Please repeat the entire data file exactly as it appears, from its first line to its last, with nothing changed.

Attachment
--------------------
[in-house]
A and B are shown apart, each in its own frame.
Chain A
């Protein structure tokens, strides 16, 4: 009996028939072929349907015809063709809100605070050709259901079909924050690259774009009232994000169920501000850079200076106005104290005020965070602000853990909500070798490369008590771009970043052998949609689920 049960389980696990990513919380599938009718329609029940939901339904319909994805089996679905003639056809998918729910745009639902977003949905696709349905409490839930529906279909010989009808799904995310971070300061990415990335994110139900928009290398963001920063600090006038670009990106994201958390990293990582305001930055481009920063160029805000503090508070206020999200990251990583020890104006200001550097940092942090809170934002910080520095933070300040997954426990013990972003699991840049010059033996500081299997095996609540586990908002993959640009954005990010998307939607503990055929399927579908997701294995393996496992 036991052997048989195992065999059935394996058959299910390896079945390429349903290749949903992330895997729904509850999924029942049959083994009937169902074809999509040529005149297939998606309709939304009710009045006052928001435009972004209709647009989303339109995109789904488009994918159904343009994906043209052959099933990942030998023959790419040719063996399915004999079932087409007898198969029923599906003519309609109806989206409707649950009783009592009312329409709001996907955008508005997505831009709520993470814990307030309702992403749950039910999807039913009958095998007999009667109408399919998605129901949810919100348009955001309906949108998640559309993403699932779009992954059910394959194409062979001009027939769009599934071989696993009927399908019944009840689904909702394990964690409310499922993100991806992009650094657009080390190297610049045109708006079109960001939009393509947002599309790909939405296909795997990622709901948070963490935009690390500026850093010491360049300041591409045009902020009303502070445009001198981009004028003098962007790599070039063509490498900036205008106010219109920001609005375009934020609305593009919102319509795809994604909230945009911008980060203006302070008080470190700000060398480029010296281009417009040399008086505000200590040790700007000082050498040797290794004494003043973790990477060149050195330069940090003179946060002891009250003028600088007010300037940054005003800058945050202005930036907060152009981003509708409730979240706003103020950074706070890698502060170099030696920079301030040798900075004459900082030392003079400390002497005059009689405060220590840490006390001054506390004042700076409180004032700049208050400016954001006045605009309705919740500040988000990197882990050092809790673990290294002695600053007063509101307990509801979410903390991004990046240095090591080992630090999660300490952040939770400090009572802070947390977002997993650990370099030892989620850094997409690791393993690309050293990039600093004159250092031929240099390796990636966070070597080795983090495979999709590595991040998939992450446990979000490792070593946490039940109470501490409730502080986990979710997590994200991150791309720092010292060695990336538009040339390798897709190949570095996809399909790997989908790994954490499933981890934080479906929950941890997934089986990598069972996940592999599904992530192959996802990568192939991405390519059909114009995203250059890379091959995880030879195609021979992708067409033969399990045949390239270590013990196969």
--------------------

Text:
[in-house]
A and B are shown apart, each in its own frame.
Chain A
């Protein structure tokens, strides 16, 4: 009996028939072929349907015809063709809100605070050709259901079909924050690259774009009232994000169920501000850079200076106005104290005020965070602000853990909500070798490369008590771009970043052998949609689920 049960389980696990990513919380599938009718329609029940939901339904319909994805089996679905003639056809998918729910745009639902977003949905696709349905409490839930529906279909010989009808799904995310971070300061990415990335994110139900928009290398963001920063600090006038670009990106994201958390990293990582305001930055481009920063160029805000503090508070206020999200990251990583020890104006200001550097940092942090809170934002910080520095933070300040997954426990013990972003699991840049010059033996500081299997095996609540586990908002993959640009954005990010998307939607503990055929399927579908997701294995393996496992 036991052997048989195992065999059935394996058959299910390896079945390429349903290749949903992330895997729904509850999924029942049959083994009937169902074809999509040529005149297939998606309709939304009710009045006052928001435009972004209709647009989303339109995109789904488009994918159904343009994906043209052959099933990942030998023959790419040719063996399915004999079932087409007898198969029923599906003519309609109806989206409707649950009783009592009312329409709001996907955008508005997505831009709520993470814990307030309702992403749950039910999807039913009958095998007999009667109408399919998605129901949810919100348009955001309906949108998640559309993403699932779009992954059910394959194409062979001009027939769009599934071989696993009927399908019944009840689904909702394990964690409310499922993100991806992009650094657009080390190297610049045109708006079109960001939009393509947002599309790909939405296909795997990622709901948070963490935009690390500026850093010491360049300041591409045009902020009303502070445009001198981009004028003098962007790599070039063509490498900036205008106010219109920001609005375009934020609305593009919102319509795809994604909230945009911008980060203006302070008080470190700000060398480029010296281009417009040399008086505000200590040790700007000082050498040797290794004494003043973790990477060149050195330069940090003179946060002891009250003028600088007010300037940054005003800058945050202005930036907060152009981003509708409730979240706003103020950074706070890698502060170099030696920079301030040798900075004459900082030392003079400390002497005059009689405060220590840490006390001054506390004042700076409180004032700049208050400016954001006045605009309705919740500040988000990197882990050092809790673990290294002695600053007063509101307990509801979410903390991004990046240095090591080992630090999660300490952040939770400090009572802070947390977002997993650990370099030892989620850094997409690791393993690309050293990039600093004159250092031929240099390796990636966070070597080795983090495979999709590595991040998939992450446990979000490792070593946490039940109470501490409730502080986990979710997590994200991150791309720092010292060695990336538009040339390798897709190949570095996809399909790997989908790994954490499933981890934080479906929950941890997934089986990598069972996940592999599904992530192959996802990568192939991405390519059909114009995203250059890379091959995880030879195609021979992708067409033969399990045949390239270590013990196969």